Ofsted details plans for initial teacher education quality assessments
Ofsted has unveiled plans to judge initial teacher education (ITE) partnerships for their quality, according to new consultation documents.
Under the proposals for the new initial teacher training education framework, inspections will look at the quality of education and training, following on from changes made in 2019.
It will see a shift to a one-stage inspection model – scrapping the previous two-stage model – with partnerships inspected once over a period of four days, during either the spring or summer term.
The new ITE framework is set to mirror Ofsted’s new education inspection framework, whereby the focus is shifting away from outcomes towards the content involved in programmes and training.
New judgments for ITE training
Currently, three judgements are used to determine the ratings of ITE partnerships: ‘quality of training’, ‘outcomes from trainees’, and ‘leadership and management’.
The new proposals will see those replaced with a ‘quality of education and training’ judgement alongside a revised ‘leadership and management’ judgement.
According to the consultation, the new approach will focus on “how well leaders translate their ambitions into consistently high-quality education for trainees”.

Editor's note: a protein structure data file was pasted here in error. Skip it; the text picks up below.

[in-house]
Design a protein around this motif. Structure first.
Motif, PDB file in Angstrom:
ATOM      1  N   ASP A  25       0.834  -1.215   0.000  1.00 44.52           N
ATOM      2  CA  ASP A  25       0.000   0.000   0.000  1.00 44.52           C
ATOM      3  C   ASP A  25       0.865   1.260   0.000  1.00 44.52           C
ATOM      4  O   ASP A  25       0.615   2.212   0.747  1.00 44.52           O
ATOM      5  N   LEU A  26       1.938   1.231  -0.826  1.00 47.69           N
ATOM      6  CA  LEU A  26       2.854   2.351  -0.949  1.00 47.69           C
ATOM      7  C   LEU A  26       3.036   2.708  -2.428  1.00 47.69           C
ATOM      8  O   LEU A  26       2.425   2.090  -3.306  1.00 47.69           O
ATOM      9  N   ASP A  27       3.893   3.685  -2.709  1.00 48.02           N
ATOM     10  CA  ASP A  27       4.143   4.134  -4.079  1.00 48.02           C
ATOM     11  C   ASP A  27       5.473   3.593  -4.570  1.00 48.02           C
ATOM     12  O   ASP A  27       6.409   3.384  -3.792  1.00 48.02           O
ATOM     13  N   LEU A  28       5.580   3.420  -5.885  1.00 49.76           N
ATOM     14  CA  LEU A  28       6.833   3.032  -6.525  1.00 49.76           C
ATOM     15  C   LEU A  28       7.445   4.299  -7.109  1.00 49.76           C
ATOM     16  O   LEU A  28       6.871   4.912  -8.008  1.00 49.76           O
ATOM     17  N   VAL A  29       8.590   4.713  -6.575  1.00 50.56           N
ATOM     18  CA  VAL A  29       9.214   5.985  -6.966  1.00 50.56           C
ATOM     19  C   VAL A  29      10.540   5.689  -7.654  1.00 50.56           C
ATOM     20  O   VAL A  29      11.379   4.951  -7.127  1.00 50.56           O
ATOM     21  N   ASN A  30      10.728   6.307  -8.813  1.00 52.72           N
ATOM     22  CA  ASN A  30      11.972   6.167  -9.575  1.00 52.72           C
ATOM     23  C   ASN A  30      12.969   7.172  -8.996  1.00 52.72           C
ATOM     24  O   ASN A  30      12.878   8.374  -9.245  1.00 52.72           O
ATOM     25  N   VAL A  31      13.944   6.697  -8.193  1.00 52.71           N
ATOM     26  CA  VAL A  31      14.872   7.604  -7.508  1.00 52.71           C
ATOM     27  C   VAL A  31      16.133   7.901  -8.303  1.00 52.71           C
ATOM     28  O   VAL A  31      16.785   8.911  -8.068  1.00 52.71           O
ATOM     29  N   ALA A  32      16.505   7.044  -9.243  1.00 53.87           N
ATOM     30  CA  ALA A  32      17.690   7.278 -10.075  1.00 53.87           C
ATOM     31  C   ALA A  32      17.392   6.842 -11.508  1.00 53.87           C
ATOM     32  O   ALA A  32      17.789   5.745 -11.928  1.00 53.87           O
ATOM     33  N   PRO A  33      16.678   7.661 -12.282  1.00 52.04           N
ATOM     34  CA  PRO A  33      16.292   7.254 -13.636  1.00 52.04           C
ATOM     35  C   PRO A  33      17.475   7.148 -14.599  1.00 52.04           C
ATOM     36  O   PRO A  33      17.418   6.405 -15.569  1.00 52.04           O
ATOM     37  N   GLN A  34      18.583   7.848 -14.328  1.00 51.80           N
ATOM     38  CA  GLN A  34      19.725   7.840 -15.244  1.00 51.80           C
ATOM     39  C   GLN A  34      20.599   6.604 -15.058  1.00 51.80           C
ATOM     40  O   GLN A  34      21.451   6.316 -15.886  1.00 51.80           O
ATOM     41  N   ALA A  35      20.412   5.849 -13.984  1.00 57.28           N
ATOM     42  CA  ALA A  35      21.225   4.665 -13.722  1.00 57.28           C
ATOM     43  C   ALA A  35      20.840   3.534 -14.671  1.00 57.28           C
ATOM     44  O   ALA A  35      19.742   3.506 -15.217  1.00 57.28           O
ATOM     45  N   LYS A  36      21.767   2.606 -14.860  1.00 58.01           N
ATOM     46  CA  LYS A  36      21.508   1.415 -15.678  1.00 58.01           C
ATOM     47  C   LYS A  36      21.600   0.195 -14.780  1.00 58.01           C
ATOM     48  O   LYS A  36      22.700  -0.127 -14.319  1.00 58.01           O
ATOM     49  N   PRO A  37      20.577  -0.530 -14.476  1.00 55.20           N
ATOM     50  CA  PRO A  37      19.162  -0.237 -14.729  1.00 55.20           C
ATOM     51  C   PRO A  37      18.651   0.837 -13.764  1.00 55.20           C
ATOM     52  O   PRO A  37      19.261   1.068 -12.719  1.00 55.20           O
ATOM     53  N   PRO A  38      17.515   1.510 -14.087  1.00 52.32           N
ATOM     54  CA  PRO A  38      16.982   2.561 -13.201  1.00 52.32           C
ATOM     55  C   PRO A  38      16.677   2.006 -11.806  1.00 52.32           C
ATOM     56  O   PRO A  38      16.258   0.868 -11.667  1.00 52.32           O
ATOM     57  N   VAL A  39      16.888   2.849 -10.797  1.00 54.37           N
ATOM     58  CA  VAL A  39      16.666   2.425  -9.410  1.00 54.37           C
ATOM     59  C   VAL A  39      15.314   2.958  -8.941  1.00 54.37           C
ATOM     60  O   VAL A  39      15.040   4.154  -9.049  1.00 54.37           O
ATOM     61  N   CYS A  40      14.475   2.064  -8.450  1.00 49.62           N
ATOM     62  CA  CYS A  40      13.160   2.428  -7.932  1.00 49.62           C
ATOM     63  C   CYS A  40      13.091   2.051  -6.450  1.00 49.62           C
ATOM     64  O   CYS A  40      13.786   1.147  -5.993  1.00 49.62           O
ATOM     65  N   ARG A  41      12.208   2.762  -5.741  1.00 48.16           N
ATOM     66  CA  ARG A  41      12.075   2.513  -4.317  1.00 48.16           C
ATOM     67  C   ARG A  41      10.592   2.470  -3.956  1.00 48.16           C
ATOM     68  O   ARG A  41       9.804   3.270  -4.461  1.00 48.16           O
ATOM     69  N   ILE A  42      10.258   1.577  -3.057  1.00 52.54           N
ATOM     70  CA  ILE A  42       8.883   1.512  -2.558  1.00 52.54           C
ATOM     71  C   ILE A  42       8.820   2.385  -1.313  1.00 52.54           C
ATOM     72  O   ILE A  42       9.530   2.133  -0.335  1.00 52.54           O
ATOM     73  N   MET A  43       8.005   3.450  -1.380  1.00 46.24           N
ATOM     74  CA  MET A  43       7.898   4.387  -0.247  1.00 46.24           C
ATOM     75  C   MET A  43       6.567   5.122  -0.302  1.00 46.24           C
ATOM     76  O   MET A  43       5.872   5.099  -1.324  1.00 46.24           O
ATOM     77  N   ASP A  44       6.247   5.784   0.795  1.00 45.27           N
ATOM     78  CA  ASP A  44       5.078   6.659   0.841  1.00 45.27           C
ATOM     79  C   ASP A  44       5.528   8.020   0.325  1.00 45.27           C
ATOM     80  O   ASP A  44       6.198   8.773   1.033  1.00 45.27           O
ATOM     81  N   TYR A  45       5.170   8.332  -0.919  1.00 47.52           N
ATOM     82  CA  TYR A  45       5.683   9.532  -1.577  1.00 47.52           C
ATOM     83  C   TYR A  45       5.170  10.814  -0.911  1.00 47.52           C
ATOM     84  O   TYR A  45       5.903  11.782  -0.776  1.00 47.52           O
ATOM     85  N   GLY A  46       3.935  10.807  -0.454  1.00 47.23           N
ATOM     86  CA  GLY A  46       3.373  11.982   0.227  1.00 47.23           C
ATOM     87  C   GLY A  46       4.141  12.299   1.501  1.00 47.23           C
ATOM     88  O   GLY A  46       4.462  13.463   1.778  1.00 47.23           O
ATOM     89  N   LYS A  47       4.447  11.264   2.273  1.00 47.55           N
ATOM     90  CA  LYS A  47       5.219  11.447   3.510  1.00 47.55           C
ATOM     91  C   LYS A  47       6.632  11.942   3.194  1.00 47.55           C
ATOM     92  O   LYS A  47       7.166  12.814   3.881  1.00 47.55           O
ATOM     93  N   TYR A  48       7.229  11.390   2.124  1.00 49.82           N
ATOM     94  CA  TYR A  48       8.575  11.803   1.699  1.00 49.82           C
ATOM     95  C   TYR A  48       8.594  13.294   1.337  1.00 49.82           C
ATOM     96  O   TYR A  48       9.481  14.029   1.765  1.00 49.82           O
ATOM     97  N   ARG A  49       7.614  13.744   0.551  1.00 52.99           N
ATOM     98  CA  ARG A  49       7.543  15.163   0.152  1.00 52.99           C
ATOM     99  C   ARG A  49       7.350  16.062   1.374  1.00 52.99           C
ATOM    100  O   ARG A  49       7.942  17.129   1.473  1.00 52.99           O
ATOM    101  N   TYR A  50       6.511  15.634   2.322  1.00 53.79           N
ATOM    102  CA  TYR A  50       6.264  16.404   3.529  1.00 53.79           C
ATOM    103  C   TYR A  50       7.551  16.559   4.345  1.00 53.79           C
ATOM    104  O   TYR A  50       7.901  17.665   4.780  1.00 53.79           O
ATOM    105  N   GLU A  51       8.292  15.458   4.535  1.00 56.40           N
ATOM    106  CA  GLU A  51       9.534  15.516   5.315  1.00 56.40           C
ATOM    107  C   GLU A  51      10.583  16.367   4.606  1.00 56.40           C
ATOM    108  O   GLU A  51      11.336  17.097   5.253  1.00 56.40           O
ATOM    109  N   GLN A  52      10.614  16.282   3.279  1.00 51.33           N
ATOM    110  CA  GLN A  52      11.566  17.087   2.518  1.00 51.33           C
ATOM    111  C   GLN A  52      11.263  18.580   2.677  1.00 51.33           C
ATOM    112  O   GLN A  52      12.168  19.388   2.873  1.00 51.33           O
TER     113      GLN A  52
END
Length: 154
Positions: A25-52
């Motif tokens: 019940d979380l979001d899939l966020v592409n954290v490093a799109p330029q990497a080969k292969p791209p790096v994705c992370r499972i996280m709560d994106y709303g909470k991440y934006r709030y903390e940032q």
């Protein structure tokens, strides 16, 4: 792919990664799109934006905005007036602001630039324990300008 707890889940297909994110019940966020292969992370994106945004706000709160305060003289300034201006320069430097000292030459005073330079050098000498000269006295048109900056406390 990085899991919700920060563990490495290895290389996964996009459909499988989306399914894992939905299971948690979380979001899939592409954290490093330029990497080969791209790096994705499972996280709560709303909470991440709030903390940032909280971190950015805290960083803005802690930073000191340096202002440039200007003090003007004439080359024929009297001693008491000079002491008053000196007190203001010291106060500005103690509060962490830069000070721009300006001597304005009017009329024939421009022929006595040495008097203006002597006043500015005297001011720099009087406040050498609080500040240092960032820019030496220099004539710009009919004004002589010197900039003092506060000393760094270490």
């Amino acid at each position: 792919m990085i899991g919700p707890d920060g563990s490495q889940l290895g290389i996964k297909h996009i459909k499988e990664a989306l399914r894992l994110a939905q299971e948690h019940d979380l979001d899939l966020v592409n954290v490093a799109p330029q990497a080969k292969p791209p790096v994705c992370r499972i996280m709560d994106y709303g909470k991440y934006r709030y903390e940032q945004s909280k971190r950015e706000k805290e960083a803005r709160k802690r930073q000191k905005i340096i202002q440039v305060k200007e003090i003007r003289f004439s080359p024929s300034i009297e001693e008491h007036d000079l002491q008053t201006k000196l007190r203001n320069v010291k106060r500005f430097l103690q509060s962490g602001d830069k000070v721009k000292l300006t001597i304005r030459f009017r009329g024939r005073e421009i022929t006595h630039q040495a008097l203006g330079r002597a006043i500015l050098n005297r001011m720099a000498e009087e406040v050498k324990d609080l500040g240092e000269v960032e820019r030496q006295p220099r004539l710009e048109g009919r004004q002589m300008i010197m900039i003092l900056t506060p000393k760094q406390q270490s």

The plans also indicate that the way Ofsted gathers inspection evidence is also set to change, again bringing the process in line with the new framework and methods used for school inspections.
An emphasis on training processes
Inspections look into how trainee firms implement the ITE programme, with mentor feedback and discussions used to showcase how the elements of the training are “embedded by mentors”.
“Inspectors will continue, as in the past, to meet trainees to discuss their training experiences,” the consultation document states.
“However, there will be a greater focus on how centre-delivered and school-based training have blended to create a coherent experience for trainees.”
The proposals also take into account research from Ofsted which suggests that outcome measures are not a fair reflection of a training programme; trainees are likely to get jobs regardless as primary teachers and secondary school staff are in high demand.
“A shift in focus”
Ofsted chief inspector Amanda Spielman explained that the new framework “reflects a shift in focus” from “outcomes to substance”.
“It [the new framework] removes aspects of inspection that do not genuinely assess the quality of teacher training,” she said. “This will help make sure ITE partnerships are focused on the things that have the greatest impact on trainees’ education and, ultimately, children and young people.”
The new inspections could begin in the spring term of 2021.
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